Comment Re:Video Games (Score 1) 359

Good question! I hadn't thought about that before.

Um..... I think my opinion (for all it's worth) is that it's probably mostly OK to consider scripts part of the game content as long as they're tied in to the content (i.e they would be useless without one or more other non-script assets).

With regard to licensing, I think it's important that the source of these scripts can be read/modified by users. They should not be stored as binary blobs (this type of script usually isn't, even today). porting to a different platform/modding/whatever could require modifying/redistributing these scripts, and that should be certainly be allowed. A proprietary license is probably not unreasonable, but users should be allowed to view and share modified versions of these scripts.

OTOH, if a script is useless without one or more other non-script assets, is there really any harm in making it free? People who don't own the content won't be able to use it anyway, and making them free removes a potential barrier to modding/porting/etc.

Comment Re:Video Games (Score 1) 359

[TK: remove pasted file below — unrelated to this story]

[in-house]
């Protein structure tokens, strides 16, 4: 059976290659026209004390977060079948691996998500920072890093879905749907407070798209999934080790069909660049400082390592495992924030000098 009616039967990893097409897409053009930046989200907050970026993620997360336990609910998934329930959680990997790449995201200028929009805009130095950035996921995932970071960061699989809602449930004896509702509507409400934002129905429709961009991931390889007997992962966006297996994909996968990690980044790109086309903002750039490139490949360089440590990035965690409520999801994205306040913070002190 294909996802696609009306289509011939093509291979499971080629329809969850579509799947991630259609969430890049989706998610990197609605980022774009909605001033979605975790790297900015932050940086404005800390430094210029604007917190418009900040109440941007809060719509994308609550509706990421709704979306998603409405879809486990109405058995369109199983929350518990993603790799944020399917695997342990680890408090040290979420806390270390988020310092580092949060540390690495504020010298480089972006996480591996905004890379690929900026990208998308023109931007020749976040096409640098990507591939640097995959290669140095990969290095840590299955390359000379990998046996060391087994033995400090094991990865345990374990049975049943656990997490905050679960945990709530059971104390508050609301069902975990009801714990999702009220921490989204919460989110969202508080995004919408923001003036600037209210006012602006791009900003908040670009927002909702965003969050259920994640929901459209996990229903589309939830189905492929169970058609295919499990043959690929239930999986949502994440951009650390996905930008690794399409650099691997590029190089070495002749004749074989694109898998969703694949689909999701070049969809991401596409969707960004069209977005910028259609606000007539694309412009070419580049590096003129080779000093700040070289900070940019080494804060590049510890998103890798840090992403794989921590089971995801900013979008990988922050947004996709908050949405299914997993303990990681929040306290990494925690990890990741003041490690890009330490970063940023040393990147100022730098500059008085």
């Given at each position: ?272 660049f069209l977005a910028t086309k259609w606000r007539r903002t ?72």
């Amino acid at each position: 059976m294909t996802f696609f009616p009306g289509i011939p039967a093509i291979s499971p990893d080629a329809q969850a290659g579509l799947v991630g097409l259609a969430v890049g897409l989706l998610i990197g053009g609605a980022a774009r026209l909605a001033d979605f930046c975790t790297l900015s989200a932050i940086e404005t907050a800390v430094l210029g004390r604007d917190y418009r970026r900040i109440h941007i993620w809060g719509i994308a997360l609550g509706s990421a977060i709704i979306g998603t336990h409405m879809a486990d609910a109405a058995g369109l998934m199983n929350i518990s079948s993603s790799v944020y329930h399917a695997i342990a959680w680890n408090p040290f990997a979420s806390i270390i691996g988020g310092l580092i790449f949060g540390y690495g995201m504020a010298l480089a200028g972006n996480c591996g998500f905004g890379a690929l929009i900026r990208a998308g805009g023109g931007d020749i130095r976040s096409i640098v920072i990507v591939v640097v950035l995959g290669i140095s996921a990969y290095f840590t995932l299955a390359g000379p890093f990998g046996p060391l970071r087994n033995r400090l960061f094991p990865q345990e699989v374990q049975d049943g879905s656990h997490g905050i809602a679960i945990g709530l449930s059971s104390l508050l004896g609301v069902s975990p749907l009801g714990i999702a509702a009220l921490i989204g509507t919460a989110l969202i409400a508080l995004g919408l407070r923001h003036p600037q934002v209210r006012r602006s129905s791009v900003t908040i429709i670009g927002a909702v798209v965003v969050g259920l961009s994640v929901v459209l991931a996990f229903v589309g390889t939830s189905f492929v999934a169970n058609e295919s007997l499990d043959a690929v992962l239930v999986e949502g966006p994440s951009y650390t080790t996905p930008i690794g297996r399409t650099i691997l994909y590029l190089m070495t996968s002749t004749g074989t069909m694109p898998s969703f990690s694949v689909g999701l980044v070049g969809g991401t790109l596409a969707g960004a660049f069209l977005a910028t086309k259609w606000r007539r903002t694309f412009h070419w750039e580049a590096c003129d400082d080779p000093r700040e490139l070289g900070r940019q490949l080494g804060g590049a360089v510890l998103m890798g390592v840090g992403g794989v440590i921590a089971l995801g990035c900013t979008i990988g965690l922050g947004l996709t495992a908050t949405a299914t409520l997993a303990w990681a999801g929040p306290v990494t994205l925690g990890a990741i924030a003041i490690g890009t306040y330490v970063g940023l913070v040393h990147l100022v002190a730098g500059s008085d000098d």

I read something once, but have not been able to find it since, which seemed to indicate that his position on this was that the code should be free, but the content doesn't have to be. So you charge for your game but include the source code with it. The source can be freely distributed, but not the assets: art, maps, sound, etc.

This model has a lot of advantages: users can port these games to different platforms, and they can keep the source code up to date, e.g using newer libraries and making sure it still compiles on the latest operating systems. Not to mention the possibility of adding new features. And in order to play it legally they'll still need to buy your assets.

Comment Re:Meh (Score 1) 62

IIRC the C64 logo wasn't in colour either, I think it was in metal. I can't be bothered checking any of my C64s right now since they're all in boxes (I'm in the process of moving), but I think it was a shiny silver colour.

But, 90%+ of the time I have seen the commodore logo printed (e.g in a manual) or displayed onscreen, it's had the distinctive blue and red colours. Those colours are as much part of the brand identity for me as the C= logo.

But my point is not about making it look like the machine - this phone isn't modelled on the PET, even if it does "liberate" the name - if it was modelled after a PET, there would be more trapezoids in those photos. My point is that It just looks like a bland phone with a monochrome commodore logo on it. I can do that with a magic marker in about 40 seconds for a total cost of about one tenth of a cent. If they'd spent the extra 3 cents to make the logo colour, I might have almost considered it.

Comment Meh (Score 1) 62

Sorry, but I'm not interested. I'm a huge Commodore fanboy, but the logo isn't even in colour. If you're going to try to cash in on the trademark you bought, at least do it right.
I'll stick with running VICE and UAE on my openpandora, thanks. It has a keyboard, which makes it awesome at emulating computers with keyboards.